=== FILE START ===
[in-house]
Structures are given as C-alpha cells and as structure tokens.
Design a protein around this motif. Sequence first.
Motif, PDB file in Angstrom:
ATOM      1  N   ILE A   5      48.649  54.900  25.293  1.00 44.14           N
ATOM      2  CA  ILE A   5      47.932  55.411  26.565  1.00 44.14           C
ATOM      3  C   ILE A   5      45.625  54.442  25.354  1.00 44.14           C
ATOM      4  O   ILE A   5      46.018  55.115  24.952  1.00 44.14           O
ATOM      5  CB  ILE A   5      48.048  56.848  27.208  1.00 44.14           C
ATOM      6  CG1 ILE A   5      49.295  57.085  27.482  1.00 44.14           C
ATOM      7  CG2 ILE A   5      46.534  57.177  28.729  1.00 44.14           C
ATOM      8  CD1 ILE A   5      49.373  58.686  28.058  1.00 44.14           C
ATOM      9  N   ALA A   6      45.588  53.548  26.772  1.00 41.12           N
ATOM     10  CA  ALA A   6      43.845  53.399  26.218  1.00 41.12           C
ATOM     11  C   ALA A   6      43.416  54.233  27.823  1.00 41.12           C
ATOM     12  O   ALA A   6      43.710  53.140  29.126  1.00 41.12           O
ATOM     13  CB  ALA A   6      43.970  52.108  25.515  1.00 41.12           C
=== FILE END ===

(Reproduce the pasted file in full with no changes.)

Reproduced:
[in-house]
Structures are given as C-alpha cells and as structure tokens.
Design a protein around this motif. Sequence first.
Motif, PDB file in Angstrom:
ATOM      1  N   ILE A   5      48.649  54.900  25.293  1.00 44.14           N
ATOM      2  CA  ILE A   5      47.932  55.411  26.565  1.00 44.14           C
ATOM      3  C   ILE A   5      45.625  54.442  25.354  1.00 44.14           C
ATOM      4  O   ILE A   5      46.018  55.115  24.952  1.00 44.14           O
ATOM      5  CB  ILE A   5      48.048  56.848  27.208  1.00 44.14           C
ATOM      6  CG1 ILE A   5      49.295  57.085  27.482  1.00 44.14           C
ATOM      7  CG2 ILE A   5      46.534  57.177  28.729  1.00 44.14           C
ATOM      8  CD1 ILE A   5      49.373  58.686  28.058  1.00 44.14           C
ATOM      9  N   ALA A   6      45.588  53.548  26.772  1.00 41.12           N
ATOM     10  CA  ALA A   6      43.845  53.399  26.218  1.00 41.12           C
ATOM     11  C   ALA A   6      43.416  54.233  27.823  1.00 41.12           C
ATOM     12  O   ALA A   6      43.710  53.140  29.126  1.00 41.12           O
ATOM     13  CB  ALA A   6      43.970  52.108  25.515  1.00 41.12           C